I often find that track cars I have the privilege to drive are unstable in some stage of the corner, usually entry. Factory cars rarely have this trait, but they easily can be made unstable if you get the tire pressures wrong, which they also often are (almost always too high). Tires are the single most important part of your setup. If you modify your suspension, you move into uncharted territory. You must drive smoothly and consistently to read any changes.
I believe what often happens is that the car owner is not getting very close to the limit of the car’s grip, and thus does not know what happens there – until they do reach it. Then it‘s a big, sudden surprise. Here’s my personal formula for learning to read the fundamental handling characteristics of your car. Use “The Three F’s”. They are based on your emotions.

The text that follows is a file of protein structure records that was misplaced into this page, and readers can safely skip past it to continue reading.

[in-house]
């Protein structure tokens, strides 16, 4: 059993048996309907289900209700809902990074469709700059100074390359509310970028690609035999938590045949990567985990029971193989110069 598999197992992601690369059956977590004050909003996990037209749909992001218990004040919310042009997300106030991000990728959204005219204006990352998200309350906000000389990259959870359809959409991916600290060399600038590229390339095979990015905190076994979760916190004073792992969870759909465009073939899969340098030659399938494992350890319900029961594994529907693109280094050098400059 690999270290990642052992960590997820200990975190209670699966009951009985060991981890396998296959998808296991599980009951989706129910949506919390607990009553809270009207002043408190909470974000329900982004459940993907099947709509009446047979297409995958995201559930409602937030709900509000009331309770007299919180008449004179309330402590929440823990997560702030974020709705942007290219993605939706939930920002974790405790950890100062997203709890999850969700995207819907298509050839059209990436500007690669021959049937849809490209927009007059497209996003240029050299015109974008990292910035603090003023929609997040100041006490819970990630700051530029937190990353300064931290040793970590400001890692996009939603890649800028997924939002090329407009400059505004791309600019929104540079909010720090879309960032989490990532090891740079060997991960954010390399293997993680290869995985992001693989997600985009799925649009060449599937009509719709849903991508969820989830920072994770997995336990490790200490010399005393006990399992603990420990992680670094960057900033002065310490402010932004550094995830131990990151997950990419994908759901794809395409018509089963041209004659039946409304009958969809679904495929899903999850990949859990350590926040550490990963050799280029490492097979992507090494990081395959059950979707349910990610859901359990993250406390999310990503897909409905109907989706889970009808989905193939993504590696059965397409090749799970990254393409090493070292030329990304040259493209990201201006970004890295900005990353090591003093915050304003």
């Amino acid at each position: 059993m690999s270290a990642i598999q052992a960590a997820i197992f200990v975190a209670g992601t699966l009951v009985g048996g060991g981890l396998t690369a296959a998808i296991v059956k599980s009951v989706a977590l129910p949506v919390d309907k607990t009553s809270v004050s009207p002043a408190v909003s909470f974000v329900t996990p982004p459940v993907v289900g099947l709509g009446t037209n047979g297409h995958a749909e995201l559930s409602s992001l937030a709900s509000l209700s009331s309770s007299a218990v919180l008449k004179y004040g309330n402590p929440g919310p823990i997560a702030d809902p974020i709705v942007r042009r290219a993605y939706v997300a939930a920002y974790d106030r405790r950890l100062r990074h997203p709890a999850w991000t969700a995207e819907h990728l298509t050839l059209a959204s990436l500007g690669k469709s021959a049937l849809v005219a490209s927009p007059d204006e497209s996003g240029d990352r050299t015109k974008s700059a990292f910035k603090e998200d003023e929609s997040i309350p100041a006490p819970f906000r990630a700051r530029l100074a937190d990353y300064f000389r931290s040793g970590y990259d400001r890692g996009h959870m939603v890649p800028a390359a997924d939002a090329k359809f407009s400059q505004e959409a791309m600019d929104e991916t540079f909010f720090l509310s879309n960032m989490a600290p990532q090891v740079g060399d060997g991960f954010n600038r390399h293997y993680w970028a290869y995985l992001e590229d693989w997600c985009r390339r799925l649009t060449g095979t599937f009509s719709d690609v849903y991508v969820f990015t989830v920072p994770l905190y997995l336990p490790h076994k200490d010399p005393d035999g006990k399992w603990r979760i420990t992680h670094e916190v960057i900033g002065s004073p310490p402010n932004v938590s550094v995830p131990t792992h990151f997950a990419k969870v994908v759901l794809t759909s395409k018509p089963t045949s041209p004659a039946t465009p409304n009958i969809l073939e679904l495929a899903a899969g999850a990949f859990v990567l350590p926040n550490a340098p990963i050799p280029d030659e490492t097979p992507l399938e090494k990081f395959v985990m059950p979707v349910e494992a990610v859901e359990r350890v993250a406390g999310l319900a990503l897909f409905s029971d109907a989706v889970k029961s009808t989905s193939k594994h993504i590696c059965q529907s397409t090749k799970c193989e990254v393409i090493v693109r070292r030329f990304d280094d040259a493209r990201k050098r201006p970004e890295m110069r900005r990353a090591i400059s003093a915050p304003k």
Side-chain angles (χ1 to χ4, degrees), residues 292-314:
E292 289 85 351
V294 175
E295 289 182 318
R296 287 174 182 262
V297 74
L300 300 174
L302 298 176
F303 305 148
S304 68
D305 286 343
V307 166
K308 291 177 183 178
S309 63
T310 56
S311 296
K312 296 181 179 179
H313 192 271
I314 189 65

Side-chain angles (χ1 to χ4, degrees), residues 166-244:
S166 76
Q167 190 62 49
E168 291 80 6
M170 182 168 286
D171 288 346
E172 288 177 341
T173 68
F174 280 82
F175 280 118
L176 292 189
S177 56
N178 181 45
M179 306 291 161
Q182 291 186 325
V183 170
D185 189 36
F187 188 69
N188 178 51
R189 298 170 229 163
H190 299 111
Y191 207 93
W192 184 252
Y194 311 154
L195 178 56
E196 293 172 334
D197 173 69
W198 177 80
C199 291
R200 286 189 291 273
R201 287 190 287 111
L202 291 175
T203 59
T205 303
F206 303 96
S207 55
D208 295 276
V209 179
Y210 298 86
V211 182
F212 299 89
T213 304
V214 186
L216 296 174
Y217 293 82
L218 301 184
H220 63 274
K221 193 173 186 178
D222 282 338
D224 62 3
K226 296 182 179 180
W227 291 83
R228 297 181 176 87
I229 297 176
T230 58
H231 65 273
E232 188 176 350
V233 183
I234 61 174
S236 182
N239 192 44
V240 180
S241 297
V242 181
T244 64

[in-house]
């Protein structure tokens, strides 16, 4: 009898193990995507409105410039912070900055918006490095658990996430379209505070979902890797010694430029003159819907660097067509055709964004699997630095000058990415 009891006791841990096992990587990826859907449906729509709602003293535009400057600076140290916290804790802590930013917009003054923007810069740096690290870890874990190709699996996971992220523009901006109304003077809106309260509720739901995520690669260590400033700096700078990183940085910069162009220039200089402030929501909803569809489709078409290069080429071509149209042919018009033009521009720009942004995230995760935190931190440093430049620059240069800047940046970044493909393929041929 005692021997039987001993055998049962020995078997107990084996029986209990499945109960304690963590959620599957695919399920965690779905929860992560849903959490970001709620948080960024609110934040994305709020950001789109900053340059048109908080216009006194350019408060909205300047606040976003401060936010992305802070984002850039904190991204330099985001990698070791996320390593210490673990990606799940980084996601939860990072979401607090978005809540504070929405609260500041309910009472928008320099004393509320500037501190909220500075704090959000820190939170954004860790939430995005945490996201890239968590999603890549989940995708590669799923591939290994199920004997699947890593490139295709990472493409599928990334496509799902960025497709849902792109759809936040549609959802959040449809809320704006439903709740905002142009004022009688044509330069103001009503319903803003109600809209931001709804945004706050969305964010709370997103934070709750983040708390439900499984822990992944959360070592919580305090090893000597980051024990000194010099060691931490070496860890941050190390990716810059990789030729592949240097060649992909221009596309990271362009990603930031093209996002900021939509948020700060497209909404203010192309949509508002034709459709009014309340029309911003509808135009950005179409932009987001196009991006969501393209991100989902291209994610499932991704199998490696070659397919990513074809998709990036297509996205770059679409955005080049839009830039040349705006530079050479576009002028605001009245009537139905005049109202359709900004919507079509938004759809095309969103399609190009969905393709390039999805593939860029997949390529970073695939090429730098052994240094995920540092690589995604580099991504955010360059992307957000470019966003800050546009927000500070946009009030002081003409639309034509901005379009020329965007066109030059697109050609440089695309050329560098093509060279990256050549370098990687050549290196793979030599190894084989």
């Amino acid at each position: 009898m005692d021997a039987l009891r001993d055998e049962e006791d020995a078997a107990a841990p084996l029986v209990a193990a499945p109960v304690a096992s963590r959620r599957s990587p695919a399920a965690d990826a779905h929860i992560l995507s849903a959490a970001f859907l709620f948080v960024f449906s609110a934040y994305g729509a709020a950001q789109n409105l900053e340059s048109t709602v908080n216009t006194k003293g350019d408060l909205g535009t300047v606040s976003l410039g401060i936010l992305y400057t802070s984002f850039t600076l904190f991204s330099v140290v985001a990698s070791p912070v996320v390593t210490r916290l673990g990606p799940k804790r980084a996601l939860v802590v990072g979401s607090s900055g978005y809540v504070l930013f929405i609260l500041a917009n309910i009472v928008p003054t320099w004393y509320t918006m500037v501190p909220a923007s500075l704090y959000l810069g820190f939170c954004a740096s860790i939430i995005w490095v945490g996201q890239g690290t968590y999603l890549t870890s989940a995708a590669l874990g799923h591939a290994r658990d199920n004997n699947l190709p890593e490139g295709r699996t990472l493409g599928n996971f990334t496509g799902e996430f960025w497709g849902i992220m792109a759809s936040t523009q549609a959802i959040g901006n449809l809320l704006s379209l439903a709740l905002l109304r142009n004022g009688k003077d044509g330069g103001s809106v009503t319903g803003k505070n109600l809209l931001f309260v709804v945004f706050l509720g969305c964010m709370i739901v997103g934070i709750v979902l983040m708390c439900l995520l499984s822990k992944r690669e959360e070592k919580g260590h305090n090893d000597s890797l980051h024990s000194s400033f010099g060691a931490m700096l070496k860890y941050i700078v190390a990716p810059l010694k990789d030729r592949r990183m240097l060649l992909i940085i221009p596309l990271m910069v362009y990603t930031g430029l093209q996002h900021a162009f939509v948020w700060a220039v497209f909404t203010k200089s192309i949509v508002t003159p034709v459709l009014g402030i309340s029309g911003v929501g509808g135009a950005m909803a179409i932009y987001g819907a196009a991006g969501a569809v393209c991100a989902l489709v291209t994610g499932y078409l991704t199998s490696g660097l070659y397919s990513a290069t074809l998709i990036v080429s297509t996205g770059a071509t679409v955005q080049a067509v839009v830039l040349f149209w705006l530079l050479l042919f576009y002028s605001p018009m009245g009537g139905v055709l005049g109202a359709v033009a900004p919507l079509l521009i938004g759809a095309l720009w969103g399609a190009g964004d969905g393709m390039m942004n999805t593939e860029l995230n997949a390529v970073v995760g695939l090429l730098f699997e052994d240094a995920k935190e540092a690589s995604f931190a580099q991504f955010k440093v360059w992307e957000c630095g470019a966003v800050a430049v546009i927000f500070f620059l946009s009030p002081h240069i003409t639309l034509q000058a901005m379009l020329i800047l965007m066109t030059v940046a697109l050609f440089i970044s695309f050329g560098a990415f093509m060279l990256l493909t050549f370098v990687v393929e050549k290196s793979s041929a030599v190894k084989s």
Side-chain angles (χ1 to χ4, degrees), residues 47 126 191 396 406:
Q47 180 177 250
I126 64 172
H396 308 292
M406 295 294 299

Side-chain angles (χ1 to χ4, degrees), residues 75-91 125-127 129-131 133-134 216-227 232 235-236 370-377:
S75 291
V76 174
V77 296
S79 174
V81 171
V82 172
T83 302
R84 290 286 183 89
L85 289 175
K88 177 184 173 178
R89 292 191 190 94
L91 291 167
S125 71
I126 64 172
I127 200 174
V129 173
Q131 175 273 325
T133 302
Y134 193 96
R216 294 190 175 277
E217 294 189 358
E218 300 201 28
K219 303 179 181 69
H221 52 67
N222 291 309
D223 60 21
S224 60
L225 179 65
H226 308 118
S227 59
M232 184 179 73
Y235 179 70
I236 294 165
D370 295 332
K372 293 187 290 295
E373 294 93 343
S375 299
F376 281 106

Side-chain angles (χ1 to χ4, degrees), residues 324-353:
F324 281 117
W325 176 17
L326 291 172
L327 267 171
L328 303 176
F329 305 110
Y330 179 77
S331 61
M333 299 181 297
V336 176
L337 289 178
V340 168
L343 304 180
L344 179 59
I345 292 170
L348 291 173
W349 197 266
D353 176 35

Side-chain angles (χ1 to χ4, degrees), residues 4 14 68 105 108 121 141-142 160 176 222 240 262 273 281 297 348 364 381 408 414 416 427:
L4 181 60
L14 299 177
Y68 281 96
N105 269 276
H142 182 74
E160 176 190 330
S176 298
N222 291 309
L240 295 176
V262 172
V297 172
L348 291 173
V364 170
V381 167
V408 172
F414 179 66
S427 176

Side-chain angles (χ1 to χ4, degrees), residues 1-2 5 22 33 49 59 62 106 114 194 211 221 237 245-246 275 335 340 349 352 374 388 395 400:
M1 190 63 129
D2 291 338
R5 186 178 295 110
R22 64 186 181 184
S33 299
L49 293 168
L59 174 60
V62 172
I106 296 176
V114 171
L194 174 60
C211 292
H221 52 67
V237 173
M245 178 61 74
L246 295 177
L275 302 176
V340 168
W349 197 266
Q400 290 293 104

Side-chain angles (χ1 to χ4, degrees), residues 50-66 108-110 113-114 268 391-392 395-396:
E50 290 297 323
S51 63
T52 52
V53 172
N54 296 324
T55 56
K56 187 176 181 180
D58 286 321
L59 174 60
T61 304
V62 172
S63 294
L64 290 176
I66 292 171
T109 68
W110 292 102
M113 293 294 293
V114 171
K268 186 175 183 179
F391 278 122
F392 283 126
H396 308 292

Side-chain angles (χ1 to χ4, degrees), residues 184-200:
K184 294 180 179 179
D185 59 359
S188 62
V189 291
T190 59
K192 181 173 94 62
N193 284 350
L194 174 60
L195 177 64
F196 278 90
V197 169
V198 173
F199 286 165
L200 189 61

1) Fear: Are you feeling nervous, afraid of spinning, worried about possible bodywork repair bills in the corners? Your car is oversteering, it’s loose, prone to getting sideways. This is the greatest challenge to the car control abilities of a track newbie.
2) Frustration: Do you feel kinda mad at your car or the track? You wanna go but you can’t, and it feels like something’s holding you back? Frustrated that you can’t go faster? Your car is understeering, it’s pushing, prone to going straight. This does not challenge your car control.
3) Fun: Do you feel happy and carefree? Life is good? Do you have a big smile on your face and you hit every apex of every lap? Your car is well-balanced. Or, maybe, and rather likely in fact, you are going slowly enough that you are not reaching the limit of your grip very often. Go see Skip Barber for a Car Control Clinic, before you find out the hard way that your car is really one of the above.
|photo: Jim Haughey, K-PAX Racing|
You’ll never be able to feel The Three F’s unless you get to the track. I’ll meet you there!